With summertime temperatures already in the 90s, many Minnesota families may be thinking about a road trip to a cool body of water. The question is what type of vehicle do you trust to get you and your family to your destination — one you chose, or one California officials chose for you?

This past December, the Minnesota Pollution Control Agency, with the backing of Gov. Tim Walz, proposed a rule that would require vehicle retailers in Minnesota to stock a certain number of electric vehicles, regardless of customer demand. The rule works by tying Minnesota's car standards to California's Zero Emission Vehicle program, hoping to force electric vehicles onto Minnesota's roads rather than relying on the open market.

The problems with this proposal are abundant. For starters, Minnesotans don't particularly want electric vehicles, with just 5% of car customers saying they're very likely to consider an electric vehicle for their next car. Rather, data show many Minnesotans prefer pickups and SUVs, vehicle types that would be limited if the governor's rule goes into effect. Under the rule, Minnesotans would essentially lose their right to an open vehicle market, with an estimated 18,000 electric vehicles forced onto Minnesota car lots by government mandate.

As you can imagine, there are other practical hurdles to an electric vehicle mandate in Minnesota. Much of rural Minnesota lacks the infrastructure to accommodate widespread electric vehicle use. If you "run out of juice" in Bemidji in the winter, it will be a bigger problem than if you're in San Diego. Plus, electric vehicles aren't cheap, costing around $13,000 more on average than vehicles with internal-combustion engines. Under the proposed rule, Minnesotans can expect to pay $1,139 more per vehicle, whether electric or not.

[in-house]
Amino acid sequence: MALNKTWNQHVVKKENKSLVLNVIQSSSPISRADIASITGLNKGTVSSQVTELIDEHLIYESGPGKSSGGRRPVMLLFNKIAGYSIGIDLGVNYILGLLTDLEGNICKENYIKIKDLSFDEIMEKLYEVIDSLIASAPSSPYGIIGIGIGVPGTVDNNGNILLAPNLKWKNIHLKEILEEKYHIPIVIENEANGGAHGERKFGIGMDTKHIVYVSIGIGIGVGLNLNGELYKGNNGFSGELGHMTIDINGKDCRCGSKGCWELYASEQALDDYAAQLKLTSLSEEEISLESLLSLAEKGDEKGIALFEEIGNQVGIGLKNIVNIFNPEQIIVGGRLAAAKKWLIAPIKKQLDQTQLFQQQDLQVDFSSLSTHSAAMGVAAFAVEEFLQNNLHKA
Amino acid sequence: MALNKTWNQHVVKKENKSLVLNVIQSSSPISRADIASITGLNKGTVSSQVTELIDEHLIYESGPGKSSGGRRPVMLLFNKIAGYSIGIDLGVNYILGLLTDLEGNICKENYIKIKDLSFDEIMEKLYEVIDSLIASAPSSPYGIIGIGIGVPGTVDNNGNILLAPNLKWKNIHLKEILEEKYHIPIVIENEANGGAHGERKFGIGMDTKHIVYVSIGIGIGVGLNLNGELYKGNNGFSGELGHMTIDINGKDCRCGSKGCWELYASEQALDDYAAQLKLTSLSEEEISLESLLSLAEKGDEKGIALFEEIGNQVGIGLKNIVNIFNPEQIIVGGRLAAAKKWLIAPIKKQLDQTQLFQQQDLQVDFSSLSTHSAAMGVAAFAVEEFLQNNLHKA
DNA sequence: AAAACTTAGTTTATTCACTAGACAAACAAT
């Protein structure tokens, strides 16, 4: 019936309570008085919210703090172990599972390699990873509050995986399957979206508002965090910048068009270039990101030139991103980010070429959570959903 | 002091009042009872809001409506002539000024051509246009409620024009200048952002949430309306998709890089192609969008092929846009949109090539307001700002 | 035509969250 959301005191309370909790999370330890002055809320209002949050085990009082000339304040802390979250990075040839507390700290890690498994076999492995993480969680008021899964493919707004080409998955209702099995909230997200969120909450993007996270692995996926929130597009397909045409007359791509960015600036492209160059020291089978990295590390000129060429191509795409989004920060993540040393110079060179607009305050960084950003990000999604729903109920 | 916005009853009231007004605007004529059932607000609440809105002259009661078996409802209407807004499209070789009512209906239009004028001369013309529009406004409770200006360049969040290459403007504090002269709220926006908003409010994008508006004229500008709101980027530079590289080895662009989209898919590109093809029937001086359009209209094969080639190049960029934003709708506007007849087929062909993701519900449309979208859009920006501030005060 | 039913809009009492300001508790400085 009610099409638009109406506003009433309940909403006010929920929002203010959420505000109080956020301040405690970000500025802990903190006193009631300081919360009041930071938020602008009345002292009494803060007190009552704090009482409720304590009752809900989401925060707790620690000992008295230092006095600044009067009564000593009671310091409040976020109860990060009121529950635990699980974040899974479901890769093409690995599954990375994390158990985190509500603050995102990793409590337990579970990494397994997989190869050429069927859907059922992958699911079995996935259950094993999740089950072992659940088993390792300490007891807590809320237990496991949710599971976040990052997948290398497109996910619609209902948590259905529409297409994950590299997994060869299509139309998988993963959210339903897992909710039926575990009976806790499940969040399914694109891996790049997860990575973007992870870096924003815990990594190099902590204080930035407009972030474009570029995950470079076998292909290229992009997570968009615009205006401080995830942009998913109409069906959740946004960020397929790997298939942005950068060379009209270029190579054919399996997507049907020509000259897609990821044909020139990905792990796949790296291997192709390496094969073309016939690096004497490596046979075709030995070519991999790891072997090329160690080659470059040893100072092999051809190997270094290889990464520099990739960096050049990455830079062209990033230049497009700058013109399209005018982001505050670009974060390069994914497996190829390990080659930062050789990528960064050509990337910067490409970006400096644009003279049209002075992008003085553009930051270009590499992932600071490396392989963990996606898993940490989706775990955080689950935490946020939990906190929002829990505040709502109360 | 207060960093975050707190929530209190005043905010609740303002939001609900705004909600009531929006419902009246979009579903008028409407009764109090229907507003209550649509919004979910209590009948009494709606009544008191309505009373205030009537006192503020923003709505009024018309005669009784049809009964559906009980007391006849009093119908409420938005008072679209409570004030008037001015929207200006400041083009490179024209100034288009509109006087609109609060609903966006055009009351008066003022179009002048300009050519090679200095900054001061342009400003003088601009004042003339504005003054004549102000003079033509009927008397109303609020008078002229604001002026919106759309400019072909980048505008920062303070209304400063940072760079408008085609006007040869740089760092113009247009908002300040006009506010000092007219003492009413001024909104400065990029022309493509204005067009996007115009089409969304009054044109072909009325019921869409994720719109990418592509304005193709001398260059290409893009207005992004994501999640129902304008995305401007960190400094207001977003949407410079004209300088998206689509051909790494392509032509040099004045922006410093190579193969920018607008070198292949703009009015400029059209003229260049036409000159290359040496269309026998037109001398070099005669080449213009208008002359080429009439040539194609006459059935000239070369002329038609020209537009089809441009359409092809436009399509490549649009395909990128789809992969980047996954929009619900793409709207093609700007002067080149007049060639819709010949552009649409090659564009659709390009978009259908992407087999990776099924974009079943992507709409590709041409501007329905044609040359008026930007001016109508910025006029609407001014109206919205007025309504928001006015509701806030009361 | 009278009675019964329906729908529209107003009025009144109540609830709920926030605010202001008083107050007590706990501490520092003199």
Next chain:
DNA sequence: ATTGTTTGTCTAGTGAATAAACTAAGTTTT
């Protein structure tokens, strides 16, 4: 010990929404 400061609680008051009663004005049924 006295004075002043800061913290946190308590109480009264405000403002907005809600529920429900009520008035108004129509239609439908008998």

Even more concerning are revelations made by the MPCA admitting to a series of miscalculations when projecting the benefits of this rule for Minnesotans. In one estimate it was originally said the proposed rule would reduce 3,032 tons of particulate matter, or air pollution, from tailpipe vehicle emissions over the first 10 years of implementation. The revised number was only 332 tons — 89% lower than the original estimate.

Guy Caruso, former administrator of the U.S. Energy Information Administration, addresses this and other miscalculations in a comment to the docket making an important point that electric vehicles can be part of the climate change solution, but the miscalculations call into question the very basis of the rule-making. Misrepresentation of data, whether intended or not, is highly concerning, especially when the public expects their government to provide the most accurate and up-to-date information.

Coincidentally, these errors come on the heels of a February finding by the California state auditor that the California Air Resources Board "overstated the GHG emissions reductions its [low- and zero-emission vehicle] incentive programs have achieved." It turns out that the California model, on which Minnesota's electric vehicle mandate has been modeled, overstated its value. Sound familiar?

Sixteen retail members of the Minnesota Service Station and Convenience Store Association have applied for funding through public grant programs to install EV charging stations. Let Minnesota retailers and consumers have choices and allow free-market buying dictate our future of energy.

My hope is for Gov. Walz and the MPCA to let the Legislature fully examine the rule and weigh in, in a proper manner where additional scrutiny and diligence is warranted. The Legislature, which represents the communities that will be impacted by this mandate, should be the rule-making body on an issue of this magnitude, not the MPCA, which wants to unilaterally adopt the standards of another state that's drastically different from Minnesota.

As owners and operators of retail fueling stations across Minnesota, we look forward to fueling a solution that works for all of the state.

Lance Klatt is the executive director of the Minnesota Service Station and Convenience Store Association.